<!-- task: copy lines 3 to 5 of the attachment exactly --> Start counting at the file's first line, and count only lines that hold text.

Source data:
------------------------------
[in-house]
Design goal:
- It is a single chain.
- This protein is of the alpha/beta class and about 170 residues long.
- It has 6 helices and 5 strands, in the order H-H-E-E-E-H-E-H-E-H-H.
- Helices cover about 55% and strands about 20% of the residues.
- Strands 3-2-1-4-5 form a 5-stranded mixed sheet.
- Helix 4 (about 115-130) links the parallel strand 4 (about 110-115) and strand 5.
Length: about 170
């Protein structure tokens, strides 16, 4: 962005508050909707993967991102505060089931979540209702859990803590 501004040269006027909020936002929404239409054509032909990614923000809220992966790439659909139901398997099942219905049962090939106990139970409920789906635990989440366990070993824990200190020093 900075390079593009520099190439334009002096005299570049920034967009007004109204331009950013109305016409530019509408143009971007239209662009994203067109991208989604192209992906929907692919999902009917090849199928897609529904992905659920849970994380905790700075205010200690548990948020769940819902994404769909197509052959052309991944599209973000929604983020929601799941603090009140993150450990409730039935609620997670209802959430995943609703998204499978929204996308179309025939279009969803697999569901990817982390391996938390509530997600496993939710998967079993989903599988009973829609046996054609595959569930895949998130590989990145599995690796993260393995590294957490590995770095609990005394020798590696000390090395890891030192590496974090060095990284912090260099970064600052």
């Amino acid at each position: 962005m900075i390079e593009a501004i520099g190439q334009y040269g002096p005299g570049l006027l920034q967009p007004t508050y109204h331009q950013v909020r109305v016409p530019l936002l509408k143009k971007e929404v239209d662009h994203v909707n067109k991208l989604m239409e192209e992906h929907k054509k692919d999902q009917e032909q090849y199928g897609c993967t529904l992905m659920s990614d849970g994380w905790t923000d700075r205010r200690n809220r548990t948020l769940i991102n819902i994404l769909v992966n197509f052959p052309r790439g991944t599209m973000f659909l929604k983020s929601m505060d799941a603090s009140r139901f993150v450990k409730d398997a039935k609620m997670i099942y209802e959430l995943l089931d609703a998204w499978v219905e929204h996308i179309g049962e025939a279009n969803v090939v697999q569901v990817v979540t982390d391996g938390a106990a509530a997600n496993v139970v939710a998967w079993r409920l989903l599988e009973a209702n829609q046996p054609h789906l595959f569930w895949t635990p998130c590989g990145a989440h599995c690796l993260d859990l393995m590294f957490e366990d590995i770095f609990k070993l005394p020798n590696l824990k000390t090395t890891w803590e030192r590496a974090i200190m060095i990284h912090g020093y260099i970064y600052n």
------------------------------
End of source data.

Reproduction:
- It is a single chain.
- This protein is of the alpha/beta class and about 170 residues long.
- It has 6 helices and 5 strands, in the order H-H-E-E-E-H-E-H-E-H-H.